High - tech

Light Drive de Bosch : The tech that makes your glasses smarter

A couple of years ago, Bosch set itself the challenge to develop technology that can transform any pair of glasses into smart glasses and in late 2019, the German firm announced a system for third-party manufacturers. The Bosch Light Drive is an off-the-shelf solution that makes a convincing case for manufacturers looking at the smart market.

The Light Drive: a logical new solution from Bosch.

Bosch subsidiary Bosch Sensortec, specialized in electronic and electromagnetic components and solutions, announced in December 2019 that it was working on a way of transforming ordinary glasses into smart glasses. The Light Drive is a simple way to adapt a standard frame, making it theoretically possible to display notifications, information, and messages from smartphone apps without you having to take your phone out of your pocket or bag. For manufacturers who are not specialized in smart glasses technology, Bosch is offering an easily embeddable, off-the-shelf solution and an entry point into the smart eyewear market.

It’s also a chance for the German tech giant to link in with other growth areas of their business, starting with electric bicycles. A strong growth sector over the past few years, Bosch already has an offering with models ranging from town bikes to mountain bikes, but their expertise looks set to go far further that motorization. For the past few months, Bosch’s ebike division offered a SmartphoneHub designed to transform your phone into an onboard computer for cycling, including navigation support and an activity log.

With Light Drive, Bosch is going even further, enabling cyclists and motorists to see their itineraries and other information from their smartphone without even taking their eyes off the road. The advantages while traveling are clear, but the solution will also prove to be useful in other everyday situations in which smartphone use would be difficult, dangerous or impossible. Keeping your hands free while cooking from a recipe, filling your caddy while checking your shopping list and reading information during a presentation that you can pass on directly to your audience, are all useful examples suggested in the brand’s presentation video.

Light Drive de Bosch : The tech that makes your glasses smarter


© Bosch

A lightweight solution that can be adapted to most types of glasses

Unveiled early this year at the CES (Consumer Electronics Show) 2020 in Las Vegas, the Light Drive is still at the prototype stage and should be on the market by 2021. According to the manufacturer, it will be between 4.5cm and 7.5cm long, 5-10mm tall depending on how it is embedded and 8mm deep. Weighing in at less than 10g, the system is designed to be easily fitted to the arm of a pair of glasses, without making the frame too heavy.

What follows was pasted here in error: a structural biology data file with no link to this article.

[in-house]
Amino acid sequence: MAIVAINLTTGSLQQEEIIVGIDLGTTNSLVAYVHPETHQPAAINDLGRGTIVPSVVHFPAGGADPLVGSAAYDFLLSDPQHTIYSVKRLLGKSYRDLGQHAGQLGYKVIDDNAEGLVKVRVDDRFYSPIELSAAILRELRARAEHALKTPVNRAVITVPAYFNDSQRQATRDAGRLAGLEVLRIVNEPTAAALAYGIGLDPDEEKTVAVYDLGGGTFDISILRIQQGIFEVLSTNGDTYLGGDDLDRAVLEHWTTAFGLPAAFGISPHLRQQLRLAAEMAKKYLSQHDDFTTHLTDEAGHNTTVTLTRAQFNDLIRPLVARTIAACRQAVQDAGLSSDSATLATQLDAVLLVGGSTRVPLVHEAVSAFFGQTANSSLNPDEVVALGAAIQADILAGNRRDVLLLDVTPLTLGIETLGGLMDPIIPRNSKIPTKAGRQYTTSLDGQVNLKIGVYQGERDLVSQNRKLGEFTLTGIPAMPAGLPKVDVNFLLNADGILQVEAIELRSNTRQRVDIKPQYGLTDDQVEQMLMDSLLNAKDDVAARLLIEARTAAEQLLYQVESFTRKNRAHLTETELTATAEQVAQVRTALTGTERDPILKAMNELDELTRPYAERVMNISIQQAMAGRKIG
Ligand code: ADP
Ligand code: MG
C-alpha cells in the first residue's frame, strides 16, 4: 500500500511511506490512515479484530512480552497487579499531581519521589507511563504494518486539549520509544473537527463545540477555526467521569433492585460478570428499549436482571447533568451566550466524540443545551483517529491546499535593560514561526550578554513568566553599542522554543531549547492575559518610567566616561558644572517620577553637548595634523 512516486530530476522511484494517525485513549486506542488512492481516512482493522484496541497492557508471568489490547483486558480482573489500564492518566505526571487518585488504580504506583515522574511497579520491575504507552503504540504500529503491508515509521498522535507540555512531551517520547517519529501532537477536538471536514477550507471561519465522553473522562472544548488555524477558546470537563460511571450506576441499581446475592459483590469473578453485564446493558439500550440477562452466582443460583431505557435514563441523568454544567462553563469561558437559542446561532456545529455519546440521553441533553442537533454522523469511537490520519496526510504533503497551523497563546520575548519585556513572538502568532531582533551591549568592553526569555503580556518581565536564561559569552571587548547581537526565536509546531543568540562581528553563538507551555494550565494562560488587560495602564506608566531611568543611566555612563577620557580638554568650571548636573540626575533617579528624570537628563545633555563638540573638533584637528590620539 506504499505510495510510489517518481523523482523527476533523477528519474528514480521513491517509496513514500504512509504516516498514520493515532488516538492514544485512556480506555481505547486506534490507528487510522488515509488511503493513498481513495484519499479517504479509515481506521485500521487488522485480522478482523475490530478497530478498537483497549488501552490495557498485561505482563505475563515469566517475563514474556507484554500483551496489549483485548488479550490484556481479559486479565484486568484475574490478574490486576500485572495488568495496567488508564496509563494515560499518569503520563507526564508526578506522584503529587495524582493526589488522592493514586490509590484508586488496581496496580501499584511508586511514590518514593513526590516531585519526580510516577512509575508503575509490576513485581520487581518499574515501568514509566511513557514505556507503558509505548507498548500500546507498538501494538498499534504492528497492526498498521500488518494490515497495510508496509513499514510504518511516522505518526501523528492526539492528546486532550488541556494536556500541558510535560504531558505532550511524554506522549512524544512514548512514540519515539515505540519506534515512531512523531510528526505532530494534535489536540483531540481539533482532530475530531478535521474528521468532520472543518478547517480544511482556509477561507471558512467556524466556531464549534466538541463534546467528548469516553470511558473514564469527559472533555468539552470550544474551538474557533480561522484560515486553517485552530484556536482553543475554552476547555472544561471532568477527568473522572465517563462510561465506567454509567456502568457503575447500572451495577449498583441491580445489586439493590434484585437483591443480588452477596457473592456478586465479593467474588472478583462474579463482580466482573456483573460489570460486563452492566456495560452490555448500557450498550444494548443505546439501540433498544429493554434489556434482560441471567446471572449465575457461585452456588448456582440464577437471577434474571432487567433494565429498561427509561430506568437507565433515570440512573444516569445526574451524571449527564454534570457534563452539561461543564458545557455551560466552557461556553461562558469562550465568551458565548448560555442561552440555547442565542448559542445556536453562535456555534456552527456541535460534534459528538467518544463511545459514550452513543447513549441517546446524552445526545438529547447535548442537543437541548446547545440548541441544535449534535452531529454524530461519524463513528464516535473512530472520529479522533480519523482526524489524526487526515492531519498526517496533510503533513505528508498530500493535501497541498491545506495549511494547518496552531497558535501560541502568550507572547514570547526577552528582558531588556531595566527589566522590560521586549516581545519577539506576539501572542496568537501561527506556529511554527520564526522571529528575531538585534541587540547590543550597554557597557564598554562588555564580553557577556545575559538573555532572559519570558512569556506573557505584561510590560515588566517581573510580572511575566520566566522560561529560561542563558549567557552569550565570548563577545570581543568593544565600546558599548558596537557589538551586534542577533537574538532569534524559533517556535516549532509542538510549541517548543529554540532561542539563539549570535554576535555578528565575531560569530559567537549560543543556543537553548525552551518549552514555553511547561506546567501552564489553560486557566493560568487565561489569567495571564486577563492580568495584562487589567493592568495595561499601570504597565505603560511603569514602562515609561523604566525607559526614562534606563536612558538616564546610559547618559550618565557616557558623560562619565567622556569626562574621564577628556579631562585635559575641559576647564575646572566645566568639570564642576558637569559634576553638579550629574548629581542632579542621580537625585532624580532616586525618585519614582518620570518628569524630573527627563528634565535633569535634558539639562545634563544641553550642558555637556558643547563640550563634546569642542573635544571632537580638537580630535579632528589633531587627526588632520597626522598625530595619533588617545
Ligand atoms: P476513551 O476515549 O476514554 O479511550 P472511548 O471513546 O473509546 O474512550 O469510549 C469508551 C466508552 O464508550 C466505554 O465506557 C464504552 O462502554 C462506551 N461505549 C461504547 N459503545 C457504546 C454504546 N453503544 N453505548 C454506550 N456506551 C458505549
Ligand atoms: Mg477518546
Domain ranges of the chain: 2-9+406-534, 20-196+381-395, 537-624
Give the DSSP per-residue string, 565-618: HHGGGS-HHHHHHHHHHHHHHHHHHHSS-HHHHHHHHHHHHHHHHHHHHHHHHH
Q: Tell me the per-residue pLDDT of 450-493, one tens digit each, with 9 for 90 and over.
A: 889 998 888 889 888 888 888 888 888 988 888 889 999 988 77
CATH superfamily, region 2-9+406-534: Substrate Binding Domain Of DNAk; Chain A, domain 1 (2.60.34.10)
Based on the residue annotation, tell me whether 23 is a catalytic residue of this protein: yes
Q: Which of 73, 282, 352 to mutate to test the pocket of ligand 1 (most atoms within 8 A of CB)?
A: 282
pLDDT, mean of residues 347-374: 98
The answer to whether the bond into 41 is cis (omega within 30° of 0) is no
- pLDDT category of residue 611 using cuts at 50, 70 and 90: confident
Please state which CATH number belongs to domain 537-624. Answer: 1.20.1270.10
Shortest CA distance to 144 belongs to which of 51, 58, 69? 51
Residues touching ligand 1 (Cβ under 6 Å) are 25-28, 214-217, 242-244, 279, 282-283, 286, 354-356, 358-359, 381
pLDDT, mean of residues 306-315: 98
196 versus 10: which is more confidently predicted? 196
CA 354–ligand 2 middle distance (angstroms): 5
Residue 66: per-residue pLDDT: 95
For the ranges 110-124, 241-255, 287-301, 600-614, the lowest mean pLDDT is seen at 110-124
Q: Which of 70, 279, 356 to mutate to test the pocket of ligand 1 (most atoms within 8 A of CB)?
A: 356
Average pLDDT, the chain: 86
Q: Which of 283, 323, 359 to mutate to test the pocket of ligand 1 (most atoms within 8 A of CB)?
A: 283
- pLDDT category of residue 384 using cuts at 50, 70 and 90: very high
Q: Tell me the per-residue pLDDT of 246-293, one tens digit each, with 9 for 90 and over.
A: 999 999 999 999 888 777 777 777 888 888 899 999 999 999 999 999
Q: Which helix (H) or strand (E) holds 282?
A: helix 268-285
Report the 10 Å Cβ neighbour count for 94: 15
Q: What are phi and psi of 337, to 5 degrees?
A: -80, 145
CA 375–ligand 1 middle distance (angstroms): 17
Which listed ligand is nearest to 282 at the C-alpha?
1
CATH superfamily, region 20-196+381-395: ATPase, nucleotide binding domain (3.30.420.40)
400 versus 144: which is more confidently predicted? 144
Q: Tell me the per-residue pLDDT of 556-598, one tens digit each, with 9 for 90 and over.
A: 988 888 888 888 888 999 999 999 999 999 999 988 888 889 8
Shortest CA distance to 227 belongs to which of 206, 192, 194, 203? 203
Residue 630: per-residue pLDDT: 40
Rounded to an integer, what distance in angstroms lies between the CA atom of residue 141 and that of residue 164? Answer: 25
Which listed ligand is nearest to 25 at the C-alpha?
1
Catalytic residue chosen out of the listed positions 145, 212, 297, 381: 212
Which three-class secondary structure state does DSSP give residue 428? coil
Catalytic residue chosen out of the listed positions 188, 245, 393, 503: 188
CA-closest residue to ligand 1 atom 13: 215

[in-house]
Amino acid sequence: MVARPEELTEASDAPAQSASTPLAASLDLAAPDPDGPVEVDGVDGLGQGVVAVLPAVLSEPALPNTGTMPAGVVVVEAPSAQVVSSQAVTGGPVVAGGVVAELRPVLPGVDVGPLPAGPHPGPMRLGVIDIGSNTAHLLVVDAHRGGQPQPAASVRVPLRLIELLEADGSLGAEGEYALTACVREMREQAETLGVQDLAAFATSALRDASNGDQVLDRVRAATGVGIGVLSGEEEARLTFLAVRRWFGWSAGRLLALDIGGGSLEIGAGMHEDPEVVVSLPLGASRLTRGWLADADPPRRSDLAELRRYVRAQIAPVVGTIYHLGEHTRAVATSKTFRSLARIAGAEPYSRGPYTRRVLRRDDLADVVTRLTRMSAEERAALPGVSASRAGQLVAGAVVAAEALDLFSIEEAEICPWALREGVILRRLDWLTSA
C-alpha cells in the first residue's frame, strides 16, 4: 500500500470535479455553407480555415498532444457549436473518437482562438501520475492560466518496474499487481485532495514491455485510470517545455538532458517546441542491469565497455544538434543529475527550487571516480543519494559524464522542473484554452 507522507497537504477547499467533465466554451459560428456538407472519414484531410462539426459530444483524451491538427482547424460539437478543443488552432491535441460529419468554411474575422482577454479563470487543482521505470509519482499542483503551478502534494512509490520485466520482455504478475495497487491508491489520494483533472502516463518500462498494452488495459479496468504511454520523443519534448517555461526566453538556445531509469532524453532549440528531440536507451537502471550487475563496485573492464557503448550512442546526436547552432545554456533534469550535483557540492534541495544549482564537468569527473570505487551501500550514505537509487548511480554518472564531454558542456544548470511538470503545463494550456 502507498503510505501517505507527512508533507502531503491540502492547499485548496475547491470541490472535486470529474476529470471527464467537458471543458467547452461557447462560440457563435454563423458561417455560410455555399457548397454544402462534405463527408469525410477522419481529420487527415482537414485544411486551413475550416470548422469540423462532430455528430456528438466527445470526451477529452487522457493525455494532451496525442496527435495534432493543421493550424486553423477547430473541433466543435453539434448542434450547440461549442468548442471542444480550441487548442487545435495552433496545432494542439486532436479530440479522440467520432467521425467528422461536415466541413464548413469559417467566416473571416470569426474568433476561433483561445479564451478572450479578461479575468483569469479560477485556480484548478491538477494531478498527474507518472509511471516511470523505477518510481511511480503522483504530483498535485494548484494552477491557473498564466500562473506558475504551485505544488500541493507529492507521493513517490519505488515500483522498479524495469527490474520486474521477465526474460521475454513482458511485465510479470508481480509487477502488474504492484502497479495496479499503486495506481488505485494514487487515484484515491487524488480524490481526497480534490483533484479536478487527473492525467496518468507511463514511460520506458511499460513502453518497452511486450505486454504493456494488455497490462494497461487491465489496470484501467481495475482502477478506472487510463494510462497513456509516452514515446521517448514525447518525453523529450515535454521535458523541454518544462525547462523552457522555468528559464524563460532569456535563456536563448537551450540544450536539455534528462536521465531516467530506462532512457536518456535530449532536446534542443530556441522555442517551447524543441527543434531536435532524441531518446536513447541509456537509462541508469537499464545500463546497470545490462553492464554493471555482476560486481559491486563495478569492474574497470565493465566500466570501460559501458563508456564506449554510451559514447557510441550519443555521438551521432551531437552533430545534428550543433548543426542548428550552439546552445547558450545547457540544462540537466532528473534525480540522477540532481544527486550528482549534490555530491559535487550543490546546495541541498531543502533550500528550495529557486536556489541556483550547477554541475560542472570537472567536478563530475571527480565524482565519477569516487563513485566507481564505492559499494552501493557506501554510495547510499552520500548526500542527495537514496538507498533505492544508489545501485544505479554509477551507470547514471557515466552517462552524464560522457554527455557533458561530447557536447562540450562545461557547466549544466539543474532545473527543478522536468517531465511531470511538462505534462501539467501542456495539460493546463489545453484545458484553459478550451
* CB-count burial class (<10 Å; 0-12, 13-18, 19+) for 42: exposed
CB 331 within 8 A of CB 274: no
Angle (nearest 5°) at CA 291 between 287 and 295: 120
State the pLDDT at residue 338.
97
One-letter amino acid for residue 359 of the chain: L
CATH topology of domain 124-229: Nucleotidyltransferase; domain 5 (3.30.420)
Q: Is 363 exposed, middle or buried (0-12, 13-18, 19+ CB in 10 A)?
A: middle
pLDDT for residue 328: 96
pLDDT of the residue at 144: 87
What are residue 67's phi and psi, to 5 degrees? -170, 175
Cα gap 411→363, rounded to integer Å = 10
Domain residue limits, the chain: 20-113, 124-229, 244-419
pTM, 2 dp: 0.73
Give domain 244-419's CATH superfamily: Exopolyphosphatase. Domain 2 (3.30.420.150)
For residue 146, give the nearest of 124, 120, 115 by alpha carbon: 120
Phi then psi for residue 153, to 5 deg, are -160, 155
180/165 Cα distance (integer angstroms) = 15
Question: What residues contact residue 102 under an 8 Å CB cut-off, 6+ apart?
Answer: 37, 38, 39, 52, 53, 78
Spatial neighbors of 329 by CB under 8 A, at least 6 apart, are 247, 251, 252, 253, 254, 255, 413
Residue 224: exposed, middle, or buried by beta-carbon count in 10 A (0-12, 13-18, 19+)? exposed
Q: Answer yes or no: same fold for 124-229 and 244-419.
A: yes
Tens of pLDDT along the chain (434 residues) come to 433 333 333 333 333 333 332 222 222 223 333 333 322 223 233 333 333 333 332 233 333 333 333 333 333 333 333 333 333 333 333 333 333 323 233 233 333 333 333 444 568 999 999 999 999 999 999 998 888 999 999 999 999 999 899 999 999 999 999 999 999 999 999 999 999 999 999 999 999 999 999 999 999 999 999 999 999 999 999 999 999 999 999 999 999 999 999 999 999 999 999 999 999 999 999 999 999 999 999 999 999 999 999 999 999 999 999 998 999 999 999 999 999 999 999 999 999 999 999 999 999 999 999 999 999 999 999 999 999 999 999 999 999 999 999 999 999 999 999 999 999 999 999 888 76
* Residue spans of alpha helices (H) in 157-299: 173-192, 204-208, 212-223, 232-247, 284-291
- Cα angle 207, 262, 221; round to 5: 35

The German firm’s aim is to make a regular pair of glasses into a discrete, lightweight smart accessory that can be easily used throughout the day. Equipped with a 350mAh battery with 14 hours’ autonomy, the system looks to have around a day’s worth of function between charges. With weight and size limited as far as possible, the Light Drive represents another concentration of high technology from the German firm.

Once attached to your frames, the device is operated by tapping the arm thanks to a Bosch-patented barometric pressure sensor. Connection with your smartphone is via a Bluetooth module and smart software connection, and a geomagnetic sensor and accelerometer mean that your trips and positioning (angle, position, rotation) can be measured precisely via magnetic field measurements.

An innovative, convincing new projection system

Alongside relatively advanced technology for this kind of equipment, Bosch is offering original new projection technology, that is highly innovative for this kind of device. An electromagnetic microsystem named BML500P, uses a projector equipped with three laser diodes that construct an image line by line for a 2D holographic display onto the lens of the glasses, which is then directed back to the surface of the retina by the lens as a light beam, forming a high-resolution image.

If the idea of a laser beam projected onto the surface of the retina sounds scary, there’s no need to worry. Bosch’s laser beam is just 15 microwatts, compared to the low-power class one laser pointers, considered risk-free by the International Electrotechnical Commission (IEC), that can reach power of 400 microwatts, 25 times that suggested by the German brand.


© Bosch

The technology developed by Bosch has several advantages over simple projection onto lenses. Firstly, the Bosch system only reflects three laser wavelengths (450, 520 and 638 nanometres) and is imperceptible by the person wearing the glasses. The obvious advantage here is discretion: to other people, in most cases, your lenses will appear completely transparent. It’s only when they look very closely that they would be able to see a tiny colored mark, but the image projected on the inside will still be completely unreadable from the outside.

Another advantage, is that once the system has been tailored to the lenses, theoretically, it will stay clear and readable at all times, whatever the light, thanks to an integrated photosensitive sensor that allows self-adjusting brightness. The optical transparency represented by the new technology, combined with low sensitivity to diffuse light, means that there are no reflections, mist or other visual effects that could disturb your feld of vision, unlike most smart glasses on the market right now. Finally, the system is not only embeddable for the majority of regular glasses frames, but it also works with curved-lens prescription glasses and contact lenses, widening the integration possibilities for Bosch even further.



Written by Kate Matthams